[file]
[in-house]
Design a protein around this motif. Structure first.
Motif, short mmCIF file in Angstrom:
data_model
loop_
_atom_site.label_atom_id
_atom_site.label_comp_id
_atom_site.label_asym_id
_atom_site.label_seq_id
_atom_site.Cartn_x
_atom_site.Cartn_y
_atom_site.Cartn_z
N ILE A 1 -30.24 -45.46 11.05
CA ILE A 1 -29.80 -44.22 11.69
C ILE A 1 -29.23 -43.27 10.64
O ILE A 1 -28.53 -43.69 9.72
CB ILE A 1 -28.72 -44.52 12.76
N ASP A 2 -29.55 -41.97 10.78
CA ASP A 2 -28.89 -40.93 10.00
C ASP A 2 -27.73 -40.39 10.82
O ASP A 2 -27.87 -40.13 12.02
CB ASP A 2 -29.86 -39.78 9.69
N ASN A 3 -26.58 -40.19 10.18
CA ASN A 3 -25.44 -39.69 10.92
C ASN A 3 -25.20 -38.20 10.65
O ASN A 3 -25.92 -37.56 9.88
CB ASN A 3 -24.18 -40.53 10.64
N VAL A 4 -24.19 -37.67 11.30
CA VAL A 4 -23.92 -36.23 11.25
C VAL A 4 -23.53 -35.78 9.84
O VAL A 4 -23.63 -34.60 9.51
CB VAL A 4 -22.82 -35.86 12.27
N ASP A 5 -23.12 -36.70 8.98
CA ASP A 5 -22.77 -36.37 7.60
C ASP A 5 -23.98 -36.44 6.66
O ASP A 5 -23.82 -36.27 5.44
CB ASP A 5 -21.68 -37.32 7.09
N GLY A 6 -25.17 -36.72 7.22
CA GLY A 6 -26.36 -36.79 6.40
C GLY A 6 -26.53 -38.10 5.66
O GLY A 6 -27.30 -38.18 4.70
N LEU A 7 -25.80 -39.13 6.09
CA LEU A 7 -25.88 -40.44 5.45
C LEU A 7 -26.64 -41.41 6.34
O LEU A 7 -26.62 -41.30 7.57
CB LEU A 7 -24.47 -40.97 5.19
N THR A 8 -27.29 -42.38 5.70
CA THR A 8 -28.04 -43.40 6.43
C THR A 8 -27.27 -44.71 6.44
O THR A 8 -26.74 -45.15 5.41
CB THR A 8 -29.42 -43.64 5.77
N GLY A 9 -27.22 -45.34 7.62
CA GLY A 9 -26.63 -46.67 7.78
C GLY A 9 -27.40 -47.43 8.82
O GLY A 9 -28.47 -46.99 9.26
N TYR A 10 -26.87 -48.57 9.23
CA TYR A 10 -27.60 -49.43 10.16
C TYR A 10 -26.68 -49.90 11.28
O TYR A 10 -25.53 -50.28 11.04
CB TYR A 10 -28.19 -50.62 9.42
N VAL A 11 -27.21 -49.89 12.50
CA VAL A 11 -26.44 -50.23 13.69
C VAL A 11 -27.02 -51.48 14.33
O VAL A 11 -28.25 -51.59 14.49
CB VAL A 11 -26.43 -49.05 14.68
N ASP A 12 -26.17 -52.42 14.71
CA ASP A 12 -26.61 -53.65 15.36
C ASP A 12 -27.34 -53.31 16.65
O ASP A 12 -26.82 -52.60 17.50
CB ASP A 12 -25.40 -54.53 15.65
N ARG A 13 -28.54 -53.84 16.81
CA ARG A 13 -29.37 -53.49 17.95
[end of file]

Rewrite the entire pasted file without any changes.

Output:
[in-house]
Design a protein around this motif. Structure first.
Motif, short mmCIF file in Angstrom:
data_model
loop_
_atom_site.label_atom_id
_atom_site.label_comp_id
_atom_site.label_asym_id
_atom_site.label_seq_id
_atom_site.Cartn_x
_atom_site.Cartn_y
_atom_site.Cartn_z
N ILE A 1 -30.24 -45.46 11.05
CA ILE A 1 -29.80 -44.22 11.69
C ILE A 1 -29.23 -43.27 10.64
O ILE A 1 -28.53 -43.69 9.72
CB ILE A 1 -28.72 -44.52 12.76
N ASP A 2 -29.55 -41.97 10.78
CA ASP A 2 -28.89 -40.93 10.00
C ASP A 2 -27.73 -40.39 10.82
O ASP A 2 -27.87 -40.13 12.02
CB ASP A 2 -29.86 -39.78 9.69
N ASN A 3 -26.58 -40.19 10.18
CA ASN A 3 -25.44 -39.69 10.92
C ASN A 3 -25.20 -38.20 10.65
O ASN A 3 -25.92 -37.56 9.88
CB ASN A 3 -24.18 -40.53 10.64
N VAL A 4 -24.19 -37.67 11.30
CA VAL A 4 -23.92 -36.23 11.25
C VAL A 4 -23.53 -35.78 9.84
O VAL A 4 -23.63 -34.60 9.51
CB VAL A 4 -22.82 -35.86 12.27
N ASP A 5 -23.12 -36.70 8.98
CA ASP A 5 -22.77 -36.37 7.60
C ASP A 5 -23.98 -36.44 6.66
O ASP A 5 -23.82 -36.27 5.44
CB ASP A 5 -21.68 -37.32 7.09
N GLY A 6 -25.17 -36.72 7.22
CA GLY A 6 -26.36 -36.79 6.40
C GLY A 6 -26.53 -38.10 5.66
O GLY A 6 -27.30 -38.18 4.70
N LEU A 7 -25.80 -39.13 6.09
CA LEU A 7 -25.88 -40.44 5.45
C LEU A 7 -26.64 -41.41 6.34
O LEU A 7 -26.62 -41.30 7.57
CB LEU A 7 -24.47 -40.97 5.19
N THR A 8 -27.29 -42.38 5.70
CA THR A 8 -28.04 -43.40 6.43
C THR A 8 -27.27 -44.71 6.44
O THR A 8 -26.74 -45.15 5.41
CB THR A 8 -29.42 -43.64 5.77
N GLY A 9 -27.22 -45.34 7.62
CA GLY A 9 -26.63 -46.67 7.78
C GLY A 9 -27.40 -47.43 8.82
O GLY A 9 -28.47 -46.99 9.26
N TYR A 10 -26.87 -48.57 9.23
CA TYR A 10 -27.60 -49.43 10.16
C TYR A 10 -26.68 -49.90 11.28
O TYR A 10 -25.53 -50.28 11.04
CB TYR A 10 -28.19 -50.62 9.42
N VAL A 11 -27.21 -49.89 12.50
CA VAL A 11 -26.44 -50.23 13.69
C VAL A 11 -27.02 -51.48 14.33
O VAL A 11 -28.25 -51.59 14.49
CB VAL A 11 -26.43 -49.05 14.68
N ASP A 12 -26.17 -52.42 14.71
CA ASP A 12 -26.61 -53.65 15.36
C ASP A 12 -27.34 -53.31 16.65
O ASP A 12 -26.82 -52.60 17.50
CB ASP A 12 -25.40 -54.53 15.65
N ARG A 13 -28.54 -53.84 16.81
CA ARG A 13 -29.37 -53.49 17.95